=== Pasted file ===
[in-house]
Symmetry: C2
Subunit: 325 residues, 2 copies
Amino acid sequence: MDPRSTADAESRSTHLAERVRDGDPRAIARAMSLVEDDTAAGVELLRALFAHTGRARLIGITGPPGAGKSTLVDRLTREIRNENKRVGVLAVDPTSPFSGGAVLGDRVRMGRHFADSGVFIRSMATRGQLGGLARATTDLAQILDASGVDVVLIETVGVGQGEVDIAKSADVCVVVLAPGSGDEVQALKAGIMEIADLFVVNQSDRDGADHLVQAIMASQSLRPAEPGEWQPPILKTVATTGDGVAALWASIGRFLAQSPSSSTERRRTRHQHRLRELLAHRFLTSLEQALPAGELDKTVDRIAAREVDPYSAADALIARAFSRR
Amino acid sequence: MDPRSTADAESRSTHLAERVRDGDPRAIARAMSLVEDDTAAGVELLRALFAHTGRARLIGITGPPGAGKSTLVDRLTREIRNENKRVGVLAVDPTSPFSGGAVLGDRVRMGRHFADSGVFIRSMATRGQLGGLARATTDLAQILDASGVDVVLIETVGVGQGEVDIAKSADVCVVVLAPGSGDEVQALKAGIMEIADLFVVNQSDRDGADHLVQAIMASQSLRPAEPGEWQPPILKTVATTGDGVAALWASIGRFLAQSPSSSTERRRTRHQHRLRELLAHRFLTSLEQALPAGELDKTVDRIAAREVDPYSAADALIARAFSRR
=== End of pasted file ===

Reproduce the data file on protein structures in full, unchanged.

[in-house]
Symmetry: C2
Subunit: 325 residues, 2 copies
Amino acid sequence: MDPRSTADAESRSTHLAERVRDGDPRAIARAMSLVEDDTAAGVELLRALFAHTGRARLIGITGPPGAGKSTLVDRLTREIRNENKRVGVLAVDPTSPFSGGAVLGDRVRMGRHFADSGVFIRSMATRGQLGGLARATTDLAQILDASGVDVVLIETVGVGQGEVDIAKSADVCVVVLAPGSGDEVQALKAGIMEIADLFVVNQSDRDGADHLVQAIMASQSLRPAEPGEWQPPILKTVATTGDGVAALWASIGRFLAQSPSSSTERRRTRHQHRLRELLAHRFLTSLEQALPAGELDKTVDRIAAREVDPYSAADALIARAFSRR
Amino acid sequence: MDPRSTADAESRSTHLAERVRDGDPRAIARAMSLVEDDTAAGVELLRALFAHTGRARLIGITGPPGAGKSTLVDRLTREIRNENKRVGVLAVDPTSPFSGGAVLGDRVRMGRHFADSGVFIRSMATRGQLGGLARATTDLAQILDASGVDVVLIETVGVGQGEVDIAKSADVCVVVLAPGSGDEVQALKAGIMEIADLFVVNQSDRDGADHLVQAIMASQSLRPAEPGEWQPPILKTVATTGDGVAALWASIGRFLAQSPSSSTERRRTRHQHRLRELLAHRFLTSLEQALPAGELDKTVDRIAAREVDPYSAADALIARAFSRR